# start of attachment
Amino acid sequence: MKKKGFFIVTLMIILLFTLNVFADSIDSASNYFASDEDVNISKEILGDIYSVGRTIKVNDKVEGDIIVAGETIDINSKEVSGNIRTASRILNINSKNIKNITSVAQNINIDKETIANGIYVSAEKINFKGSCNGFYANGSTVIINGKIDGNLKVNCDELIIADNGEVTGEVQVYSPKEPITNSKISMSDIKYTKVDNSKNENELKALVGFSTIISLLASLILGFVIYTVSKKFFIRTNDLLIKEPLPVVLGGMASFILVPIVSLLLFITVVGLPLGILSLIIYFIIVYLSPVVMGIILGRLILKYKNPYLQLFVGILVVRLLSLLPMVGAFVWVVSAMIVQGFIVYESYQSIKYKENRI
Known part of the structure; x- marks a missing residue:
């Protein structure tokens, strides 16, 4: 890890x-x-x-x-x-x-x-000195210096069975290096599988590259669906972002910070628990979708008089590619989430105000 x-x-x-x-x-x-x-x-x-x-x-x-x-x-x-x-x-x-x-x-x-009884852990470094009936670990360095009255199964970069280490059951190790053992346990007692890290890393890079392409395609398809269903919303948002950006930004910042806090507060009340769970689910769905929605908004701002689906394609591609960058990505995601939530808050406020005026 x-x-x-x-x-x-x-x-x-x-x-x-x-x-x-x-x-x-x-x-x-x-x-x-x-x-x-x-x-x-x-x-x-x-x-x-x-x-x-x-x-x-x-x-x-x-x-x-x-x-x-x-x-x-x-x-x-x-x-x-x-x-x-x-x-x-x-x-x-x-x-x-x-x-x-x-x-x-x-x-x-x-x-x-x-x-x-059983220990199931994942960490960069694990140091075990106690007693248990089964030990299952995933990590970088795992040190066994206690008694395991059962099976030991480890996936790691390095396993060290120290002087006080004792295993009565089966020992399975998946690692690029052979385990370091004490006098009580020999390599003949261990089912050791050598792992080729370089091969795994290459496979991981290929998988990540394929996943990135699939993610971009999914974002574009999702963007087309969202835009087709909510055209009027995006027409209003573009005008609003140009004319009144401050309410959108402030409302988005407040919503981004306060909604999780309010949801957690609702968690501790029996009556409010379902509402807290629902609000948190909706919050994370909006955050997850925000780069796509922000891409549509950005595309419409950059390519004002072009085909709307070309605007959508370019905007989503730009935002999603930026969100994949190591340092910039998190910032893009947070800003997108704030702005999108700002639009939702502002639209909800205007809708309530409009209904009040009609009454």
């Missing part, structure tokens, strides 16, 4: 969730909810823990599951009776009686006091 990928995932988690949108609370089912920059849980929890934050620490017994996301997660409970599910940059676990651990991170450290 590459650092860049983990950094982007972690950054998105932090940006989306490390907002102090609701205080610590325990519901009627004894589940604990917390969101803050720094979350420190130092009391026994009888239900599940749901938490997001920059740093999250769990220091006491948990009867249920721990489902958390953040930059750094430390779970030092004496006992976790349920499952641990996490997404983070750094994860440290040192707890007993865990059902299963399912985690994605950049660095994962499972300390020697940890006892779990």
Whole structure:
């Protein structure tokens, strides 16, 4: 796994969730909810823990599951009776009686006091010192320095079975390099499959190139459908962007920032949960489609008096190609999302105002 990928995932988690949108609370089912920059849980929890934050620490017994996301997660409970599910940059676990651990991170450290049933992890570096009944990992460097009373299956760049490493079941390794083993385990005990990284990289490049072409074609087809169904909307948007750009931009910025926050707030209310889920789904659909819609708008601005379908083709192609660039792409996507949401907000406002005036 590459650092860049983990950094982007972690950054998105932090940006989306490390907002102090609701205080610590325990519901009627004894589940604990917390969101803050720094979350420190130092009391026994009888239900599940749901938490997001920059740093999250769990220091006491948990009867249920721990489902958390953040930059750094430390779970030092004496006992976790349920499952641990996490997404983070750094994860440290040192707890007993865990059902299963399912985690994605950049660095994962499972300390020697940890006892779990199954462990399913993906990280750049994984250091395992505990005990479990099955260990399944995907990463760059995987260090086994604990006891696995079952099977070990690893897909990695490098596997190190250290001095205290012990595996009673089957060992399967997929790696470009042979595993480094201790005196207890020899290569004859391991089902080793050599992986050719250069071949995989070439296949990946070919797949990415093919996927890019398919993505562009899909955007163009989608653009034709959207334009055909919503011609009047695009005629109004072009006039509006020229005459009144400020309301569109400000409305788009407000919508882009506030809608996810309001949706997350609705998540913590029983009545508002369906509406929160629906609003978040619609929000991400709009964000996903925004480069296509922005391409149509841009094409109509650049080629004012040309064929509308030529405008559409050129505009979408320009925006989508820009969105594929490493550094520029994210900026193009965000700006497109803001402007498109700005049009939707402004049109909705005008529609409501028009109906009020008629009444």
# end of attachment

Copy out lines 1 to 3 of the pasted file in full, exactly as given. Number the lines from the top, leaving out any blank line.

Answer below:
Amino acid sequence: MKKKGFFIVTLMIILLFTLNVFADSIDSASNYFASDEDVNISKEILGDIYSVGRTIKVNDKVEGDIIVAGETIDINSKEVSGNIRTASRILNINSKNIKNITSVAQNINIDKETIANGIYVSAEKINFKGSCNGFYANGSTVIINGKIDGNLKVNCDELIIADNGEVTGEVQVYSPKEPITNSKISMSDIKYTKVDNSKNENELKALVGFSTIISLLASLILGFVIYTVSKKFFIRTNDLLIKEPLPVVLGGMASFILVPIVSLLLFITVVGLPLGILSLIIYFIIVYLSPVVMGIILGRLILKYKNPYLQLFVGILVVRLLSLLPMVGAFVWVVSAMIVQGFIVYESYQSIKYKENRI
Known part of the structure; x- marks a missing residue:
């Protein structure tokens, strides 16, 4: 890890x-x-x-x-x-x-x-000195210096069975290096599988590259669906972002910070628990979708008089590619989430105000 x-x-x-x-x-x-x-x-x-x-x-x-x-x-x-x-x-x-x-x-x-009884852990470094009936670990360095009255199964970069280490059951190790053992346990007692890290890393890079392409395609398809269903919303948002950006930004910042806090507060009340769970689910769905929605908004701002689906394609591609960058990505995601939530808050406020005026 x-x-x-x-x-x-x-x-x-x-x-x-x-x-x-x-x-x-x-x-x-x-x-x-x-x-x-x-x-x-x-x-x-x-x-x-x-x-x-x-x-x-x-x-x-x-x-x-x-x-x-x-x-x-x-x-x-x-x-x-x-x-x-x-x-x-x-x-x-x-x-x-x-x-x-x-x-x-x-x-x-x-x-x-x-x-x-059983220990199931994942960490960069694990140091075990106690007693248990089964030990299952995933990590970088795992040190066994206690008694395991059962099976030991480890996936790691390095396993060290120290002087006080004792295993009565089966020992399975998946690692690029052979385990370091004490006098009580020999390599003949261990089912050791050598792992080729370089091969795994290459496979991981290929998988990540394929996943990135699939993610971009999914974002574009999702963007087309969202835009087709909510055209009027995006027409209003573009005008609003140009004319009144401050309410959108402030409302988005407040919503981004306060909604999780309010949801957690609702968690501790029996009556409010379902509402807290629902609000948190909706919050994370909006955050997850925000780069796509922000891409549509950005595309419409950059390519004002072009085909709307070309605007959508370019905007989503730009935002999603930026969100994949190591340092910039998190910032893009947070800003997108704030702005999108700002639009939702502002639209909800205007809708309530409009209904009040009609009454």